“We are honored to welcome President Biden to HSC in celebration of the CHIPS Act, a monumental bipartisan accomplishment,” said AB Ghosh, Chairman and CEO of Hemlock Semiconductor Corporation. “The CHIPS Act signals to HSC—the sole U.S.-headquartered polysilicon manufacturer—that investment in the entire domestic semiconductor supply chain is a national priority. We also thank Governor Whitmer, Senators Stabenow and Peters, and Congressman Kildee for championing the CHIPS Act and for bolstering American innovation, manufacturing and global competitiveness.”
“Polysilicon is the semiconductor in semiconductor chips,” said Kristen Opperman, Culture and Communications Manager of Hemlock Semiconductor. “Without polysilicon made to the level of purity that we do, the breakthroughs in our technology that keep our world connected and energized would not be possible. The infrastructure here at HSC is extraordinary, and the work being done to run these assets is second to none. I thank our esteemed visitors for bringing semiconductor manufacturing back to the U.S. so we can have more Americans doing great work to change the world.”
Michigan’s Leadership to Deliver CHIPS and Science Act
- June 8, 2021: US Senate passes United States Innovation and Competition Act including provisions from Michigan Senators Peters and Stabenow and funding for chip manufacturing.
- August 24, 2021: Gov. Whitmer announces chip manufacturer SK Siltron to build a production and R&D facility in Bay City area, creating 150 jobs and bringing supply chain from China to Michigan.
- November 11, 2021: Gov. Whitmer leads group of 9 bipartisan governors calling on House to pass CHIPS+.
- February 4, 2022: US House passes the America COMPETES Act, includes funding for CHIPS and Science Act.
- February 24, 2022: Gov. Whitmer leads group of 21 bipartisan governors calling on House and Senate to come together, reconcile differences, and pass legislation with funding for CHIPS and Science Act.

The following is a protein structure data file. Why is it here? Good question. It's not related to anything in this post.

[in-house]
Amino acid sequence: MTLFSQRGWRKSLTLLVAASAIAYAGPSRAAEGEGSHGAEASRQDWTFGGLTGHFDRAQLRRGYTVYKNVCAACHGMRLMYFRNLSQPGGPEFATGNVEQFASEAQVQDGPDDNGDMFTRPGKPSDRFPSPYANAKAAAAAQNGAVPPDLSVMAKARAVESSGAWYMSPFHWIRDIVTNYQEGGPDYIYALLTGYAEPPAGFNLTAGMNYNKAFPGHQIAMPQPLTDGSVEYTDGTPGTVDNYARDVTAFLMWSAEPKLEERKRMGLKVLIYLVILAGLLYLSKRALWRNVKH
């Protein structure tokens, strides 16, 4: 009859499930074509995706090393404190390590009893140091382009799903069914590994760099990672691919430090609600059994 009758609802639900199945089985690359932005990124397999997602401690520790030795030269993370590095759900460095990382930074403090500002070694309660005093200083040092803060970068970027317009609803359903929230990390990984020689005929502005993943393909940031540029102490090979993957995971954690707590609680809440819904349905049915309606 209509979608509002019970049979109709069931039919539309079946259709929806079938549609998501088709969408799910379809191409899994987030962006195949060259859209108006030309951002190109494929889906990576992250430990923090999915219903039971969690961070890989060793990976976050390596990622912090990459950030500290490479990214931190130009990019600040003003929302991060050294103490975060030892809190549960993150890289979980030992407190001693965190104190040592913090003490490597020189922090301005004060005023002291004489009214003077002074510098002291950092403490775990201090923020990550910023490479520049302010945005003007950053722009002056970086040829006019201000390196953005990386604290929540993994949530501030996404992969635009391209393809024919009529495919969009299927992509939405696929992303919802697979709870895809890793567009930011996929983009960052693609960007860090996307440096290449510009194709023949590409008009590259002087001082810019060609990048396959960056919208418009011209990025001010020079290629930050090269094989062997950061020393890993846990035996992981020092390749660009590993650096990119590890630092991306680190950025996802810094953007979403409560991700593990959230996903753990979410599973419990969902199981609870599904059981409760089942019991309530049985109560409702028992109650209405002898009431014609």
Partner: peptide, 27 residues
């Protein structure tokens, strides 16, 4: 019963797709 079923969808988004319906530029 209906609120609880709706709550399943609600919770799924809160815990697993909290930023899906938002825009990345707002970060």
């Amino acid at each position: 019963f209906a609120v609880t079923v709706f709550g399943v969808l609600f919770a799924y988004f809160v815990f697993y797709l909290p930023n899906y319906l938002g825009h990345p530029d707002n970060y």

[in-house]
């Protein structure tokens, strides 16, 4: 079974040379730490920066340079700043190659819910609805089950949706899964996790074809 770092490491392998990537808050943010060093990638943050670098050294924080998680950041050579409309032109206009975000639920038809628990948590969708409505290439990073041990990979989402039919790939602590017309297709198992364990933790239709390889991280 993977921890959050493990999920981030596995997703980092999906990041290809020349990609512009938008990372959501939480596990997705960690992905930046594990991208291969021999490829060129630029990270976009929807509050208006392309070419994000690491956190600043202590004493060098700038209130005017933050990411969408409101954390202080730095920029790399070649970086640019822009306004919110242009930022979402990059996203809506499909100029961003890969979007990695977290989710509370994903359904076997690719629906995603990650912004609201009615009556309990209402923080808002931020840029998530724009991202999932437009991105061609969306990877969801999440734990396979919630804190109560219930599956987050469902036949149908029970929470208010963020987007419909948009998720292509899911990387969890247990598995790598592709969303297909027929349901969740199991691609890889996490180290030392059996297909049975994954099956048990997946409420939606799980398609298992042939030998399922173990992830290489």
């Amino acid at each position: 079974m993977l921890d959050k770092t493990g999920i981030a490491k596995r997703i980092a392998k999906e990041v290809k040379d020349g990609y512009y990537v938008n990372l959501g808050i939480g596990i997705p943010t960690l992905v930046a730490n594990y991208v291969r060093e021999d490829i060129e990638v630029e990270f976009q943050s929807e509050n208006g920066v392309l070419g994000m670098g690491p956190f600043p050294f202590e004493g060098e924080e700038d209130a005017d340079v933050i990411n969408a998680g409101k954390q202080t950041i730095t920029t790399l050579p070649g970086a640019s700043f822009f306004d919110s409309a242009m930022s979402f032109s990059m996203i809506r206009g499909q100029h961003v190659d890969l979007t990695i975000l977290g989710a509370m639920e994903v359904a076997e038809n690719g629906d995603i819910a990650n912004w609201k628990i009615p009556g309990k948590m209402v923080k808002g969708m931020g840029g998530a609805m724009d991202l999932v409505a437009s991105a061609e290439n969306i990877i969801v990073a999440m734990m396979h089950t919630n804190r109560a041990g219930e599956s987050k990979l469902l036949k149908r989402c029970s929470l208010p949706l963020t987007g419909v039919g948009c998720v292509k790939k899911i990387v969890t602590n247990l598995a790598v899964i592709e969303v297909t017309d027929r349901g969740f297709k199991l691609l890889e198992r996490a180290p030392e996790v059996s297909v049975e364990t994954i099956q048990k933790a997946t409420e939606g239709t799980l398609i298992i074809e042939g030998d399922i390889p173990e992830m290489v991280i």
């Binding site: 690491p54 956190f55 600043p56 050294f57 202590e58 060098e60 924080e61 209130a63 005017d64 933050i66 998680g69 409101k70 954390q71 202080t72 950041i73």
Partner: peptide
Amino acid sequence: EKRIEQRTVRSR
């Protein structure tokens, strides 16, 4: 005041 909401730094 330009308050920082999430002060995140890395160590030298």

- March 9, 2022: Gov. Whitmer represents Democratic governors at bipartisan roundtable discussion on chips at the White House, urges immediate passage of CHIPS and Science Act to protect good-paying auto jobs in Michigan.
- March 28, 2022: US Senate, including both Michigan Senators, amends and passes America COMPETES Act.
- July 22, 2022: Lieutenant Governor Gilchrist hosts Speaker Pelosi, and Representatives Dingell, Kildee, Stevens, and Levin for a roundtable discussion on urgency of CHIPS and Science Act for Michigan.
- July 27, 2022: US Senate passes CHIPS and Science Act, or CHIPS and Science Act.
- July 28, 2022: US House passes CHIPS and Science Act, sending bill to President Biden’s desk.
CHIPS and Science Act Opportunity
The CHIPS and Science Act would fund $52 billion in incentives to boost domestic semiconductor production and research, $2 billion of which would be dedicated to incentivizing production of the “mature node” semiconductors used by automakers and parts suppliers. Mature node chips are also used in medical devices, agricultural machinery like farm tractors and combines, as well as radiation-proof chips required by our national defense industrial base.
The CHIPS and Science Act would provide a new, powerful tool in Michigan’s economic development toolbox. Increasing domestic chip production near automakers and other manufacturers will spur innovation, reduce inefficiencies, and avoid costly delays, helping Michigan attract long-term, sustainable investments from companies around the world.
Late last year, the Michigan Legislature, businesses, labor, and utilities worked with Governor Whitmer to pass bipartisan economic development legislation that helped Michigan land a $7 billion investment from GM creating and retaining 5,000 good-paying jobs, and earlier this year, Ford invested $2 billion creating 3,200 jobs. Signing the CHIPS and Science Act into law will pave the way for more transformational projects that will invest billions into our communities and create tens of thousands of good-paying jobs.
Chip Crisis Impact
Semiconductor chips are a vital component of many products used by people every day. The global shortage of these chips, exacerbated by the pandemic and supply chain constraints, has impacted people and industries across the country from auto manufacturing to consumer electronics, home appliances, medical devices, agriculture, defense and more. These shortages have resulted in reduced production and in some cases, idled plants, impacting more than 575,000 auto-related American jobs. In 2021, automakers in North America lost an estimated 2.2 million vehicles, equaling over 3,000 days of work.
This means workers with less income, higher prices at the store, less products for consumers to buy and an ever-growing dependence on foreign supplies. In the long run, increasing domestic production of chips will protect and create jobs, strengthen our supply chain, and grow the economy. The CHIPS and Science Act will bring chip manufacturing back home, creating and protecting thousands of good-paying jobs, growing America’s economy, and lowering costs for families.